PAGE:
Defendants filed an answer to the amended complaint (Dkt. #8). Plaintiffs filed the pending
motion for conditional certification on July 14, 2016 (Dkt. #17). That same day, Defendants filed
a response (Dkt. #19).
The FLSA requires covered employers to compensate nonexempt employees at overtime
rates for time worked in excess of statutorily defined maximum hours. 29 U.S.C. § 207(a). Section
216(b) of the FLSA gives employees the right to bring an action on behalf of themselves, as well
as “other employees similarly situated” for violations of the FLSA. 29 U.S.C. § 216(b). “Under
§ 216(b), district courts have the discretionary power to conditionally certify collective actions and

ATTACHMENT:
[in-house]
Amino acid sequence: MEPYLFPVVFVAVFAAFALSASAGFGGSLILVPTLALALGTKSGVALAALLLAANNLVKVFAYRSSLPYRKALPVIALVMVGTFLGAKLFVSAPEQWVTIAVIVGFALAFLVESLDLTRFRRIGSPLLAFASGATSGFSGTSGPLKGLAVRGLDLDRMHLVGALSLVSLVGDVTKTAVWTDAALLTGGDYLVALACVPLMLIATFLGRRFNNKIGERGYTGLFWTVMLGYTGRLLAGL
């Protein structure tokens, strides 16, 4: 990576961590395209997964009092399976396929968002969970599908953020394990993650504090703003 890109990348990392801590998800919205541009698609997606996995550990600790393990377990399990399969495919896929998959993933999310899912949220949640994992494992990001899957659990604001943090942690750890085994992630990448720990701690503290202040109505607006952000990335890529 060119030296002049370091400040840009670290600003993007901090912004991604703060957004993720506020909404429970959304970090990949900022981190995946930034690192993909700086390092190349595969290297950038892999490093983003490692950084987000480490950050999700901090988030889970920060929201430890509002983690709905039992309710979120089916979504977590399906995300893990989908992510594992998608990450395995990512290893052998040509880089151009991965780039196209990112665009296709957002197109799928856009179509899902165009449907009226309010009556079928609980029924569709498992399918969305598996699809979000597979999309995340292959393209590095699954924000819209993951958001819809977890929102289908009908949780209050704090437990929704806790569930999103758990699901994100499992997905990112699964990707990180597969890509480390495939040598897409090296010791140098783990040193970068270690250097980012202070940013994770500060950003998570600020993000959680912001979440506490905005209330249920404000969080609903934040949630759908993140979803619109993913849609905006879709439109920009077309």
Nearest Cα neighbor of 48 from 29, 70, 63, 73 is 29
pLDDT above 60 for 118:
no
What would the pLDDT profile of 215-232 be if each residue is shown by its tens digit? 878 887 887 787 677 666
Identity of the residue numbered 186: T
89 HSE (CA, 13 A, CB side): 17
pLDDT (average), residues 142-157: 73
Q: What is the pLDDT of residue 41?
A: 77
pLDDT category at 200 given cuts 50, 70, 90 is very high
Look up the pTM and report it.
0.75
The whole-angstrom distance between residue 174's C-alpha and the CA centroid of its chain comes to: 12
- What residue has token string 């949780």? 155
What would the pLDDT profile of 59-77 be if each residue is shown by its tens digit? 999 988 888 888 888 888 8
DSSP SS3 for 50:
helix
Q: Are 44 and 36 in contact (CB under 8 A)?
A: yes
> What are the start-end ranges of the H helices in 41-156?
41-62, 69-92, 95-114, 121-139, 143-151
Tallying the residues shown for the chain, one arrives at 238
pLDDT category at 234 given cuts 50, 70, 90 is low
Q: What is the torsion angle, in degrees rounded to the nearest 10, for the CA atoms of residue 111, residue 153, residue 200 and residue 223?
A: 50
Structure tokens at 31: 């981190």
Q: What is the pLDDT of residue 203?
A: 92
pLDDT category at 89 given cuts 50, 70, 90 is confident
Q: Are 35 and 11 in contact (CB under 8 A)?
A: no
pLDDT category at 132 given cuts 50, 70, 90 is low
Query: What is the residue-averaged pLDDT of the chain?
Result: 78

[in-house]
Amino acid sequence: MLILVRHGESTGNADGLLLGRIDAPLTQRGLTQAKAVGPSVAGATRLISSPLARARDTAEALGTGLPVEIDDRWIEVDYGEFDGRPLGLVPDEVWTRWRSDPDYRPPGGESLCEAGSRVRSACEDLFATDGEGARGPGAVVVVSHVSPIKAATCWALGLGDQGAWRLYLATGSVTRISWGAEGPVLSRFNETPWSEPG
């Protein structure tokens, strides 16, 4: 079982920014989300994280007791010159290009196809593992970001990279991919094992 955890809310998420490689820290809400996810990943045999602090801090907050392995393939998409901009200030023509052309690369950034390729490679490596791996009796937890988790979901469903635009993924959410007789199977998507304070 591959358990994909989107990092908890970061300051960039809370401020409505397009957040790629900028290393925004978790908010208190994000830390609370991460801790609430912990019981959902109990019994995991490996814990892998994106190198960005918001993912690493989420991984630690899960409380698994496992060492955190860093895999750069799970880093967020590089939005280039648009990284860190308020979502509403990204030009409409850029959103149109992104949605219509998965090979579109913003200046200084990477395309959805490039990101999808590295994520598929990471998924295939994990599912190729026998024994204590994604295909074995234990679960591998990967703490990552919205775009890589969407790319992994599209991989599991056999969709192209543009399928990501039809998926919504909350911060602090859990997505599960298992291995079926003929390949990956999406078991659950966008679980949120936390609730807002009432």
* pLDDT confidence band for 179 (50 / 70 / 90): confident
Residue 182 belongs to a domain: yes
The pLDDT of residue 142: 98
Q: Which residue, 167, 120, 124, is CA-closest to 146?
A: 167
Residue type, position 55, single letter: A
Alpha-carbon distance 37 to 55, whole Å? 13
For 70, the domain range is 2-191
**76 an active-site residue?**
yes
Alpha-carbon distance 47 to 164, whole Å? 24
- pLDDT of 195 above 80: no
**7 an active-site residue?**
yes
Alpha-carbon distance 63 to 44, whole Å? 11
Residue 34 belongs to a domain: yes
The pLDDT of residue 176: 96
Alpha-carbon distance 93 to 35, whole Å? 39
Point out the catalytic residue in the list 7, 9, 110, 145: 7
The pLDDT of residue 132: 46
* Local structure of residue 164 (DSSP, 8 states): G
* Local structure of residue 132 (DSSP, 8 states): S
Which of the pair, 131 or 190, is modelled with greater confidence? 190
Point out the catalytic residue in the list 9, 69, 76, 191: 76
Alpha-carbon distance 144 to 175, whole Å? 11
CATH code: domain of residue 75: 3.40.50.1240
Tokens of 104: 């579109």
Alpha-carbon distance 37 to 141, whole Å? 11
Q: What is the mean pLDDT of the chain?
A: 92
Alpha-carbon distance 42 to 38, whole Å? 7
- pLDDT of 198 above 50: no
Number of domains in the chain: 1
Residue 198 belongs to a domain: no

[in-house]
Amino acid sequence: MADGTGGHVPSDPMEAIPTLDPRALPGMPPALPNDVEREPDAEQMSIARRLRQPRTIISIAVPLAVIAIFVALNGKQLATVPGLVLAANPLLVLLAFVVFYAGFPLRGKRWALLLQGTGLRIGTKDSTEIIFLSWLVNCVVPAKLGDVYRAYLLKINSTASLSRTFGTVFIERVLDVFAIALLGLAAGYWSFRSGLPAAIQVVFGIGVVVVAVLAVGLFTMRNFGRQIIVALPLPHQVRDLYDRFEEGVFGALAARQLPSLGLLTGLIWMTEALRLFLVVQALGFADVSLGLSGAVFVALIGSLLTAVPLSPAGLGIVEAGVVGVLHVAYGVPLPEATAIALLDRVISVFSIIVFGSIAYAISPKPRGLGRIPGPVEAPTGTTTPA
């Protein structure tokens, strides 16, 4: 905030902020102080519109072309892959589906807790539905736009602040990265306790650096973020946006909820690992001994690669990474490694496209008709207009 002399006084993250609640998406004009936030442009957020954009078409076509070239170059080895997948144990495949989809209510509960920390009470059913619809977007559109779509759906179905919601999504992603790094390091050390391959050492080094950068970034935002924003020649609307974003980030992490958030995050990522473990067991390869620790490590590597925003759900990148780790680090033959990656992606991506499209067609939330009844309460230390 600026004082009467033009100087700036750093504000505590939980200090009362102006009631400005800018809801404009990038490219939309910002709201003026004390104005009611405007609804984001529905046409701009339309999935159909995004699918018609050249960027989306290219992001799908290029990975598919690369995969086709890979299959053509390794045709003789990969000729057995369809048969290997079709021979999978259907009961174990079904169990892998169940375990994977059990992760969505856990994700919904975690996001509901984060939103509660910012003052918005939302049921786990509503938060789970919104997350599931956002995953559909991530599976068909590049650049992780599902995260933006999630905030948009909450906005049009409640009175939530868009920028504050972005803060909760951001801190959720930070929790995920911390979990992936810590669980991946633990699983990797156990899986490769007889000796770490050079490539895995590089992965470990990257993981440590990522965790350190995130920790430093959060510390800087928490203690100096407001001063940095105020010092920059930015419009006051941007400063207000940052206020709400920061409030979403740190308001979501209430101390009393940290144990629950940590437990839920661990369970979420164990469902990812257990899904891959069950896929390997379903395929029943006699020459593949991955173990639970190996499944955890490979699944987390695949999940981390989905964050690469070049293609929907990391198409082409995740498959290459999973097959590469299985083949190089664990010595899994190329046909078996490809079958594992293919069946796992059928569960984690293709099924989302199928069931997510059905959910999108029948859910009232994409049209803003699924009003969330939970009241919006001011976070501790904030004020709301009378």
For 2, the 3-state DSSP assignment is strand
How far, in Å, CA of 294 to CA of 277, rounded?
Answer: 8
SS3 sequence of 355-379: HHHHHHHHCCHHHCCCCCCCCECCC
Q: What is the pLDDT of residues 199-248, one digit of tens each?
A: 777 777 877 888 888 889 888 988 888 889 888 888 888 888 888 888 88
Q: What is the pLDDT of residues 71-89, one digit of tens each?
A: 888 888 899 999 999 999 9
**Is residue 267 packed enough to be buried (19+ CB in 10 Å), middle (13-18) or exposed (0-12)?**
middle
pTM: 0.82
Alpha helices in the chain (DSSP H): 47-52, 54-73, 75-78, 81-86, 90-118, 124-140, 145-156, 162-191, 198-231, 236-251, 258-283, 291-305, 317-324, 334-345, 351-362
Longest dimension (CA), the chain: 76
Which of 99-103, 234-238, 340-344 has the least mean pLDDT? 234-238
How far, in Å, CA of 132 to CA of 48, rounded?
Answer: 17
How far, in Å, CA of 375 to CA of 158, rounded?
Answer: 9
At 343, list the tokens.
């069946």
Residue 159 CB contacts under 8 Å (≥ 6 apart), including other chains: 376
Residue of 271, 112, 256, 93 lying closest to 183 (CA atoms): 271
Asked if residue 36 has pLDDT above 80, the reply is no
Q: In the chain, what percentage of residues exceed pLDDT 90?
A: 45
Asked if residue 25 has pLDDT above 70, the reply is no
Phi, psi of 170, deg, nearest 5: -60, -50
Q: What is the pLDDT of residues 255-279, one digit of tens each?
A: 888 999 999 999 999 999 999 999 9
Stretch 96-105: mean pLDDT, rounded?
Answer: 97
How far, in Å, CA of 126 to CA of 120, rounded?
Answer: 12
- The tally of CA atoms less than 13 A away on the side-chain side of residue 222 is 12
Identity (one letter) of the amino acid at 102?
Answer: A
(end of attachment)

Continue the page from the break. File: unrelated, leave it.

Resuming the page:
authorize notice to potential class members.” Tice v. AOC Senior Home Health Corp., 826 F. Supp.
2d 990, 994 (E.D. Tex. 2011).
While the Fifth Circuit has not specifically addressed the meaning of “similarly situated”
in this context, “[t]wo approaches are used by courts to determine whether collective treatment
under § 216(b) is appropriate: (1) the two-stage class certification set forth in Lusardi v. Xerox,
Corp., 118 F.R.D. 351 (D. N.J. 1987); and (2) the ‘Spurious Class Action’ method outlined in
Shushan v. Univ. of Colorado, 132 F.R.D. 263 (D. Colo. 1990).” Cripe v. Denison Glass Mirror,
Inc., No. 4:11-CV-224, 2012 WL 947455, at *3 (E.D. Tex. Jan 27, 2012) report and
recommendation adopted, 2012 WL 947362 (E.D. Tex. Mar. 20, 2012); Villatoro v. Kim Son Rest,
L.P., 286 F. Supp. 2d 807, 809 (S.D. Tex. 2003). “The Lusardi two-stage approach is the
prevailing standard among federal courts.” Tice, 826 F. Supp. 2d at 994 (citations omitted). This